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Ryan Scheckel, Texas Tech University
Matt Markin, California State University San Bernardino

Matt Markin.jpgRyan Scheckel.jpgThe authors would like to begin by noting that the style and format of this article may not be representative of works typically presented herein. Our aim is to situate the content of our writing in the context of the dialogue from which it arose. Whether it is a presentation, a video or podcast, or a conversation between colleagues: our preference is dialogue. We draw from Freire's argument, “without dialogue there is no communication, and without communication, there can be no true education” (1970, pp. 92­–93). Further, Nguyen's (2019) summary of Freire captures our experience: "true dialogue cannot exist unless the partners engage in love, humility, faith, trust, hope, and critical thinking. This view shows that dialogue demonstrates not only the positive connection between people but also the constant drive to transform themselves as well as reality." As we explore Hansen's (2018) five rules for disciplined collaboration through the lens of our 2020 Annual Conference presentation mashing up Strengths-Based Advising and The Umbrella Academy, we do so in the mode by which we collaborated, by which we learned, and by which we hope to share a positive connection among advising professionals.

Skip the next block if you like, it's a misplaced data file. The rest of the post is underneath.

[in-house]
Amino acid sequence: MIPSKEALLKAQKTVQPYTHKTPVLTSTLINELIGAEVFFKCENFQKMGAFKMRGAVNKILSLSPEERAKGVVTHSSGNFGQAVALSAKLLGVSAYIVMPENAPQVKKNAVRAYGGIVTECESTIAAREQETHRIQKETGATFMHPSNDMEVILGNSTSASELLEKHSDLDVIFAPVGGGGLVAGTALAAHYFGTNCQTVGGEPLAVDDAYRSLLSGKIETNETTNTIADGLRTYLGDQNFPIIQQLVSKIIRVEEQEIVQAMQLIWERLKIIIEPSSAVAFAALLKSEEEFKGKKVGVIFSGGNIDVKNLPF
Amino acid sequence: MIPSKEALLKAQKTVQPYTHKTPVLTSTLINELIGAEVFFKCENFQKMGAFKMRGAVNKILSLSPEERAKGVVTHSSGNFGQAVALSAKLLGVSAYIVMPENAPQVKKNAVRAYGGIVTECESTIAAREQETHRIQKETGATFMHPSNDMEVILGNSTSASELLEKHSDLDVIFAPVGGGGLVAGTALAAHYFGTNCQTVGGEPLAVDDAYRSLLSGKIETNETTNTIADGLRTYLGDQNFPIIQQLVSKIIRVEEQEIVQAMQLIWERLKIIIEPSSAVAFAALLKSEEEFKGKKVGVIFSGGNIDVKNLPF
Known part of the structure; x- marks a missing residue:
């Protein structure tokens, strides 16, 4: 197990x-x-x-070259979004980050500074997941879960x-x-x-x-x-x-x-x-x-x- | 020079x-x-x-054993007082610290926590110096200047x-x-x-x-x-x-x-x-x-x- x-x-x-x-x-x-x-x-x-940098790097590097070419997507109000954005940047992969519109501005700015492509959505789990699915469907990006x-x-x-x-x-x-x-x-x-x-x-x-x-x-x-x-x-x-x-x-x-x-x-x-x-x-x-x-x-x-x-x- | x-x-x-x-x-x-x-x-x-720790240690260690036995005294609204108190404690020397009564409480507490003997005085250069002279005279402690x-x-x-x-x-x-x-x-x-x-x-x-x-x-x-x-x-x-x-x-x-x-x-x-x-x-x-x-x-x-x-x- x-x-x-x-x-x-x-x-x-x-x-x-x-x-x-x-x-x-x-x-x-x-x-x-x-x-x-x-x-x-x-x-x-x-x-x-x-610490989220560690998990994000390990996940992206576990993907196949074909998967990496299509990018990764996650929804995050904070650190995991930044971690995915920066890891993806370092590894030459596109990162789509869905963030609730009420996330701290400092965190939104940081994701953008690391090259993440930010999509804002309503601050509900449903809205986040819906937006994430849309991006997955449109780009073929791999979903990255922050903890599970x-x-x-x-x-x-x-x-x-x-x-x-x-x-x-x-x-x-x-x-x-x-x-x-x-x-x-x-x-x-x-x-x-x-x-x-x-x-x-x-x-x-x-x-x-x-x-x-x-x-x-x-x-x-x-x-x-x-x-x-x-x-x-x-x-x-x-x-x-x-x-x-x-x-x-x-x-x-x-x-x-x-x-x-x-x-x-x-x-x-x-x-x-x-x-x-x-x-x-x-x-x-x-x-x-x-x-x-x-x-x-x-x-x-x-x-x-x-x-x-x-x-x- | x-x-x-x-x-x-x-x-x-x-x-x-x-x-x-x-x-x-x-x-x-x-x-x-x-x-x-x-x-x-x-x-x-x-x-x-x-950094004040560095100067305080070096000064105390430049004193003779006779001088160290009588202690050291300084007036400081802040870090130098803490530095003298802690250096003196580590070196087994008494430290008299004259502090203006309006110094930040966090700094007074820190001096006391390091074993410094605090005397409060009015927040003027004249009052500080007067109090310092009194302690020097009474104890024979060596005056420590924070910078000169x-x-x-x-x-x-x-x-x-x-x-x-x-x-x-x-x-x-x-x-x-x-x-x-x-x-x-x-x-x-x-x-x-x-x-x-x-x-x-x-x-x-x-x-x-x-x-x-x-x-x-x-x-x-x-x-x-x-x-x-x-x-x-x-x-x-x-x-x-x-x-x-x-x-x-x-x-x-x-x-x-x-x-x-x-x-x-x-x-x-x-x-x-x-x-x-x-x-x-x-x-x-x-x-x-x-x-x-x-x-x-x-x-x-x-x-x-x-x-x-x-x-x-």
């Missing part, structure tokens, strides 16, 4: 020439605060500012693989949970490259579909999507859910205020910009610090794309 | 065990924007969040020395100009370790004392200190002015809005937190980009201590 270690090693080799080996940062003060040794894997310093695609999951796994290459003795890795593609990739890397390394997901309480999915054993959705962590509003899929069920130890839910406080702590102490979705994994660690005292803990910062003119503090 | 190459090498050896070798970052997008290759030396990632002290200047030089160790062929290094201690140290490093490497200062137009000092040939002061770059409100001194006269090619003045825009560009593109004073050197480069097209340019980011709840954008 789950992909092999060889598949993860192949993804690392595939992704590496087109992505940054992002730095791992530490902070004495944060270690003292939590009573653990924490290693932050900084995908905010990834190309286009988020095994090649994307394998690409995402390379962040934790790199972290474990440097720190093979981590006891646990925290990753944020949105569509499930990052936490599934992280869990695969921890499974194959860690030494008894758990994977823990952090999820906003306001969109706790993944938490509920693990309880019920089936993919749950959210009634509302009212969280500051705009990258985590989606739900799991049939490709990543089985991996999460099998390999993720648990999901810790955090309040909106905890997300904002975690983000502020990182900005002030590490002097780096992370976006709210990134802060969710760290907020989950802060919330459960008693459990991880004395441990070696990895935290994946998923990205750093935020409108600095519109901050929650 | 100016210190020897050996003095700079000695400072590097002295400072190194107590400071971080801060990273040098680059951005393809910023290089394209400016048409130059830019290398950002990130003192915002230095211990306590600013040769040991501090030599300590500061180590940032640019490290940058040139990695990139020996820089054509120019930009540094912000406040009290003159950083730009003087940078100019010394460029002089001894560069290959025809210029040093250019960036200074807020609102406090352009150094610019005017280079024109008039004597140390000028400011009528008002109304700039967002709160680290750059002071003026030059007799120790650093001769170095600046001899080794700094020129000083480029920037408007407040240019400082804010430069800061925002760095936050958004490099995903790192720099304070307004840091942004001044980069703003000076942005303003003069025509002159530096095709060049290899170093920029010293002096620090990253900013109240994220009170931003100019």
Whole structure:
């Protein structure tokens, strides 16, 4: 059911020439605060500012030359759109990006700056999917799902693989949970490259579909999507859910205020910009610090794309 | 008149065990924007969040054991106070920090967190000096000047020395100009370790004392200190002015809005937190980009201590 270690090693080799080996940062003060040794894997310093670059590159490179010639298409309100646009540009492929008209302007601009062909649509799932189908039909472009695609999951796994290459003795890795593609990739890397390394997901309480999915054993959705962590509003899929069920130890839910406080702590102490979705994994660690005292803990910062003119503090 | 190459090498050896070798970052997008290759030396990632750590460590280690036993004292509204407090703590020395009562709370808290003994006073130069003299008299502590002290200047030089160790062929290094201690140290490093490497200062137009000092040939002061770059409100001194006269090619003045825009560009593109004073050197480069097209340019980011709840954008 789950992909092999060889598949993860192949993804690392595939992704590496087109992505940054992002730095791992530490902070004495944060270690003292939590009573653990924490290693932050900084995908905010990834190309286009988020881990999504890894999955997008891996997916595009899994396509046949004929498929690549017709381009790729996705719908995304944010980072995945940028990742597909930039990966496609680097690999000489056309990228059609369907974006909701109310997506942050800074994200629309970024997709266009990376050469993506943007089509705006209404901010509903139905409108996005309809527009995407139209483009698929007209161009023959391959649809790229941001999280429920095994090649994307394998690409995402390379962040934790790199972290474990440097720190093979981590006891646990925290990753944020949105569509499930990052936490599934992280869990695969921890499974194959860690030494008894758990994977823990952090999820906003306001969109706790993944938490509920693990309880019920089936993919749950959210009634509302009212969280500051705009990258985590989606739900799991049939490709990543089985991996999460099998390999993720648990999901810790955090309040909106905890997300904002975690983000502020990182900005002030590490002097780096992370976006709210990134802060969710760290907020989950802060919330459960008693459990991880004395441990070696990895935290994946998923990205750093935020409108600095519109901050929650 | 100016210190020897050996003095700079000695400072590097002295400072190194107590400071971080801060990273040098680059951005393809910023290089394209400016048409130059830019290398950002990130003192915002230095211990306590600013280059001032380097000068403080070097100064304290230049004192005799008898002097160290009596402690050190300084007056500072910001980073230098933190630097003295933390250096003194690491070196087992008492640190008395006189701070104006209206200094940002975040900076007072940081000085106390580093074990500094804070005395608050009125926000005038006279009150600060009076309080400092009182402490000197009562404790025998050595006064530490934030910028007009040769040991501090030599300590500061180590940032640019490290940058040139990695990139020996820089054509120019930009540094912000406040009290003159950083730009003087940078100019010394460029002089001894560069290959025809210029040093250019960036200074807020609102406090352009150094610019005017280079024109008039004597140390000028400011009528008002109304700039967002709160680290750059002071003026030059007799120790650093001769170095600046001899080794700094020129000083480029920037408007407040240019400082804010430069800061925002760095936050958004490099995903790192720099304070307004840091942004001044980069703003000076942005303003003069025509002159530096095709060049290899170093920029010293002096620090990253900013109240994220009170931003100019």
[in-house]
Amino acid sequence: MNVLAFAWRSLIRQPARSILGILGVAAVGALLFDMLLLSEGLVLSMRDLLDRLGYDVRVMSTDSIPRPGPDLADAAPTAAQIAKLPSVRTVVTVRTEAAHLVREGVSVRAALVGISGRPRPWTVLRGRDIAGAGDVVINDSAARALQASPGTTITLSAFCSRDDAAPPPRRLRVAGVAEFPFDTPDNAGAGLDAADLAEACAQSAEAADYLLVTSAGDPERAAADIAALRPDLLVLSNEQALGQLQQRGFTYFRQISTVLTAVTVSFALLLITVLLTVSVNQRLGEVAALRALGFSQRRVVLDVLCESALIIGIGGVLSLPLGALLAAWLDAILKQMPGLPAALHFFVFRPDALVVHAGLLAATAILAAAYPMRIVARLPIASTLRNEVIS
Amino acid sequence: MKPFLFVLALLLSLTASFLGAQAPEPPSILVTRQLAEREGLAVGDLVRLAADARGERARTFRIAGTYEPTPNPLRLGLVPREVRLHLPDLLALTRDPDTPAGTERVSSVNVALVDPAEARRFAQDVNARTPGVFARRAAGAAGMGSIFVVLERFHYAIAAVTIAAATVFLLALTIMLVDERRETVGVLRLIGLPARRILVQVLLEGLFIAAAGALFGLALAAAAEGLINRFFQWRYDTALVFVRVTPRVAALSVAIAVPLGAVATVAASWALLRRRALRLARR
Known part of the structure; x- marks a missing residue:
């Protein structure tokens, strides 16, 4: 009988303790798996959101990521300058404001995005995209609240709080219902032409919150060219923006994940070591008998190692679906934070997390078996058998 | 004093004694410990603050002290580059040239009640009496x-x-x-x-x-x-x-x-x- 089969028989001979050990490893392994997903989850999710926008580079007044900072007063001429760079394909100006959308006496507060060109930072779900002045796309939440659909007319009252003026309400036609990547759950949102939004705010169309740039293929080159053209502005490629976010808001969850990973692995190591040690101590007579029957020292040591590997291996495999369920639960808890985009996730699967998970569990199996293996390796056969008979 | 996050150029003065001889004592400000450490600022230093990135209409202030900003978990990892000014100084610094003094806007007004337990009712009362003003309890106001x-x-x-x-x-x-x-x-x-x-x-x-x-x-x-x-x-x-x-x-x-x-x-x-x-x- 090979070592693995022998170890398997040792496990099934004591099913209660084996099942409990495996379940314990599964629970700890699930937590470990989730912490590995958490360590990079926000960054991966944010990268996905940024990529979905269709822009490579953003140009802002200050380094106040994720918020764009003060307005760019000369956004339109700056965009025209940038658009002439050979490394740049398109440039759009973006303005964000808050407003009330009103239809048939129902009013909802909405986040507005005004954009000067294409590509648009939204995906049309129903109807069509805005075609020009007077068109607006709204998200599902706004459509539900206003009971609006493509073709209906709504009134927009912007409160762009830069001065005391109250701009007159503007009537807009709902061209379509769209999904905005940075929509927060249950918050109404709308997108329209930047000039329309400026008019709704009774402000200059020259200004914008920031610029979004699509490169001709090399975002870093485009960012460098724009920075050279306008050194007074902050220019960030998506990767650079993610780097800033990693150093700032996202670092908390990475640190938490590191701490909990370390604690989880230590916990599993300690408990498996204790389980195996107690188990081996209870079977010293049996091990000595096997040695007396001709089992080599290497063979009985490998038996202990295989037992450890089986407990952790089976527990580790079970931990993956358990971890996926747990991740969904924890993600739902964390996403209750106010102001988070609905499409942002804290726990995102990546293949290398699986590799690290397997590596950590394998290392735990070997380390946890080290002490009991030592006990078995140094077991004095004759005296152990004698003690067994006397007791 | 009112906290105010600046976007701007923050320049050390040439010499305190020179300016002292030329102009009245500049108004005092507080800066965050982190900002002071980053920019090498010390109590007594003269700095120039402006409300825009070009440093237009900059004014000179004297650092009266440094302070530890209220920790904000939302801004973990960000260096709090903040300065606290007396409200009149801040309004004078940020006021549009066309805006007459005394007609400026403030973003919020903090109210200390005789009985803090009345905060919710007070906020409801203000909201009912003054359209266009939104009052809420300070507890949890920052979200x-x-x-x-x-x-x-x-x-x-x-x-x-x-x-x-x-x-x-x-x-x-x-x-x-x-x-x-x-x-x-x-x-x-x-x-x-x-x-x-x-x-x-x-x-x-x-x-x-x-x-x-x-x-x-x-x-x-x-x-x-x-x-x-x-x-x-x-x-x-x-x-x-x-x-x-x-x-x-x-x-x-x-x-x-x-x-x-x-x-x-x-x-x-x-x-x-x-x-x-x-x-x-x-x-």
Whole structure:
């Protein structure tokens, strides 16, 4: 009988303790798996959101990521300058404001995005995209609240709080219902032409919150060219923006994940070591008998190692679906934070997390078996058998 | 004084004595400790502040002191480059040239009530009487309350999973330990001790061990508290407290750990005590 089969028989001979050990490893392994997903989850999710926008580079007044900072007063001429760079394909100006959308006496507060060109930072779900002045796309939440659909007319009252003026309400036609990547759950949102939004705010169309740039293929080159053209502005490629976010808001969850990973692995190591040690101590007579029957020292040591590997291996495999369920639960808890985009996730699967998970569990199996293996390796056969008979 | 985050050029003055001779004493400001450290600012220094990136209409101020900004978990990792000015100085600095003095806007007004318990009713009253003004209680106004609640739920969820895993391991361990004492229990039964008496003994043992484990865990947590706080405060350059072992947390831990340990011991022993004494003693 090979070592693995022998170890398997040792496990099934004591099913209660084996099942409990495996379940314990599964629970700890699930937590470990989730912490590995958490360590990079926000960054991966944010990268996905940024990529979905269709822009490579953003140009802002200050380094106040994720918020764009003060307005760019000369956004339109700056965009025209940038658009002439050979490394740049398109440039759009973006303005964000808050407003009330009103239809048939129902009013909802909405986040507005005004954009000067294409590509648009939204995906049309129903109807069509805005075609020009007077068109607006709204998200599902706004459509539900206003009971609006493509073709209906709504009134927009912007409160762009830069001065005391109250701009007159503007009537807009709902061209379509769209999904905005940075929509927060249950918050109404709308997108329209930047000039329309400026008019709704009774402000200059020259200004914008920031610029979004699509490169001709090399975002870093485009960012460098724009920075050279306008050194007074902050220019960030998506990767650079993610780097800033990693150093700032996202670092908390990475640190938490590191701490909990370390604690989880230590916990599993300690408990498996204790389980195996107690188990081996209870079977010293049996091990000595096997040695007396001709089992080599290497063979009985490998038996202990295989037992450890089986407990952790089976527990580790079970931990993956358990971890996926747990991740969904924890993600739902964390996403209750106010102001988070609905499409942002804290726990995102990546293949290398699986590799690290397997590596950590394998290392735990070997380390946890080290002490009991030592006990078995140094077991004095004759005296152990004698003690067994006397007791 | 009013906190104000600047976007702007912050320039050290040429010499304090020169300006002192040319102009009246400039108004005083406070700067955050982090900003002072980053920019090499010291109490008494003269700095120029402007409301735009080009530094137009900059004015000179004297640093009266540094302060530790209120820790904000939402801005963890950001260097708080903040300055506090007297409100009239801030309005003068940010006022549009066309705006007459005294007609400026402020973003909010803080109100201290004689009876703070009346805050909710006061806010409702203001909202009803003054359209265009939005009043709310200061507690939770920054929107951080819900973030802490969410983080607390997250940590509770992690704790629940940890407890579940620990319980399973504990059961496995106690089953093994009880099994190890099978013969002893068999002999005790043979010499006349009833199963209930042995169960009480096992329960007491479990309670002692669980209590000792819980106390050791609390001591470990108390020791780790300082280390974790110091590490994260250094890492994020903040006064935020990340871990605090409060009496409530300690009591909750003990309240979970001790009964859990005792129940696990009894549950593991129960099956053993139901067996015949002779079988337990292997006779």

graphic1.jpgRyan: It started with Matt’s Facebook post back in 2019. He was playing around with the ideas of academic advising and the graphic-novel-turned-Netflix-show, The Umbrella Academy. All Matt meant to do was post a fun mashup image for his Facebook friends. But I replied within minutes suggesting we collaborate.

graphic2.jpgRyan: Okay, maybe it was a little more than a suggestion. ;-)

Matt: While I enthusiastically said “Yes,” here's where the intimidation comes into play. Ryan and I were Facebook friends, but I had never met him. The only things I knew were what others had told me and what kind of thinker and presenter he was.